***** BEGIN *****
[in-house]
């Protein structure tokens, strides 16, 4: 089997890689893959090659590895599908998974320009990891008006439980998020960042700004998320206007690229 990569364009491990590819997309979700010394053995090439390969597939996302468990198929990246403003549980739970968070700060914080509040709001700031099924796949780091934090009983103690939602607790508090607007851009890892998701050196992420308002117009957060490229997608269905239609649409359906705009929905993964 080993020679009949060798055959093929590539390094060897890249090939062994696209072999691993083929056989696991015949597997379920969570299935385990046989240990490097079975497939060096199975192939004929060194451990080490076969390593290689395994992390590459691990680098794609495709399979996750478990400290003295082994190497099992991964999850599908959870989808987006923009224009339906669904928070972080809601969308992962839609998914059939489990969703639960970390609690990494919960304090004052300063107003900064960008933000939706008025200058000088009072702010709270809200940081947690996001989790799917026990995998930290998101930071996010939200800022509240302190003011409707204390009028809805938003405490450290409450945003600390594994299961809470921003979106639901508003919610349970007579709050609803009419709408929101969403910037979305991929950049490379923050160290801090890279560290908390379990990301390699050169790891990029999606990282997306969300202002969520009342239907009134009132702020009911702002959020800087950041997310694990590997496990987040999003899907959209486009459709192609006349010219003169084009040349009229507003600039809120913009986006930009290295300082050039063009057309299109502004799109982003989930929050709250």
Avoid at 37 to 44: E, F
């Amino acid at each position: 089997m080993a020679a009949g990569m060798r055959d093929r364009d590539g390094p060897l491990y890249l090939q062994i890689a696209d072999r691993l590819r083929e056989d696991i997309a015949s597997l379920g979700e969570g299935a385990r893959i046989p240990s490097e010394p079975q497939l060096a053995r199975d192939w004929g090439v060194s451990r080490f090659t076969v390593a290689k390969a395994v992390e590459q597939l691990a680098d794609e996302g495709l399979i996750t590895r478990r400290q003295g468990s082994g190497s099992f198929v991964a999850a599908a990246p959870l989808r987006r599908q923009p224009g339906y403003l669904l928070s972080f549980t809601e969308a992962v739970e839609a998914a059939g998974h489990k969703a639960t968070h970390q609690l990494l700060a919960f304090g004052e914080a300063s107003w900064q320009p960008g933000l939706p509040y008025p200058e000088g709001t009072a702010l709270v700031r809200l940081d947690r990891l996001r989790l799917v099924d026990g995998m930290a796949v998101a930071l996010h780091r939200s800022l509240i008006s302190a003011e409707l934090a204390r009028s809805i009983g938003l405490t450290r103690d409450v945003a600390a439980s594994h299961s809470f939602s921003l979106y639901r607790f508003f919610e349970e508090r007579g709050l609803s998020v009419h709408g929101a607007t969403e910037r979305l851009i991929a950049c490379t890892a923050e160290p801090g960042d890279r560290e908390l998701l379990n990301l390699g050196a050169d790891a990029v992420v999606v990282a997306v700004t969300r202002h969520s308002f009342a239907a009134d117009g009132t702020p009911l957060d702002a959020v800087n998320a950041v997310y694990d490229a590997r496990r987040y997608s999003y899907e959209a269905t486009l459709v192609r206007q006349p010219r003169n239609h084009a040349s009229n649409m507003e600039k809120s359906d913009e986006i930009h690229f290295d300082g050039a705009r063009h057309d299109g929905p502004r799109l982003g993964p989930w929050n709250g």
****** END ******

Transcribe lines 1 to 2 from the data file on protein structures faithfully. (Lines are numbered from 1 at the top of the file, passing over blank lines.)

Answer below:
[in-house]
């Protein structure tokens, strides 16, 4: 089997890689893959090659590895599908998974320009990891008006439980998020960042700004998320206007690229 990569364009491990590819997309979700010394053995090439390969597939996302468990198929990246403003549980739970968070700060914080509040709001700031099924796949780091934090009983103690939602607790508090607007851009890892998701050196992420308002117009957060490229997608269905239609649409359906705009929905993964 080993020679009949060798055959093929590539390094060897890249090939062994696209072999691993083929056989696991015949597997379920969570299935385990046989240990490097079975497939060096199975192939004929060194451990080490076969390593290689395994992390590459691990680098794609495709399979996750478990400290003295082994190497099992991964999850599908959870989808987006923009224009339906669904928070972080809601969308992962839609998914059939489990969703639960970390609690990494919960304090004052300063107003900064960008933000939706008025200058000088009072702010709270809200940081947690996001989790799917026990995998930290998101930071996010939200800022509240302190003011409707204390009028809805938003405490450290409450945003600390594994299961809470921003979106639901508003919610349970007579709050609803009419709408929101969403910037979305991929950049490379923050160290801090890279560290908390379990990301390699050169790891990029999606990282997306969300202002969520009342239907009134009132702020009911702002959020800087950041997310694990590997496990987040999003899907959209486009459709192609006349010219003169084009040349009229507003600039809120913009986006930009290295300082050039063009057309299109502004799109982003989930929050709250």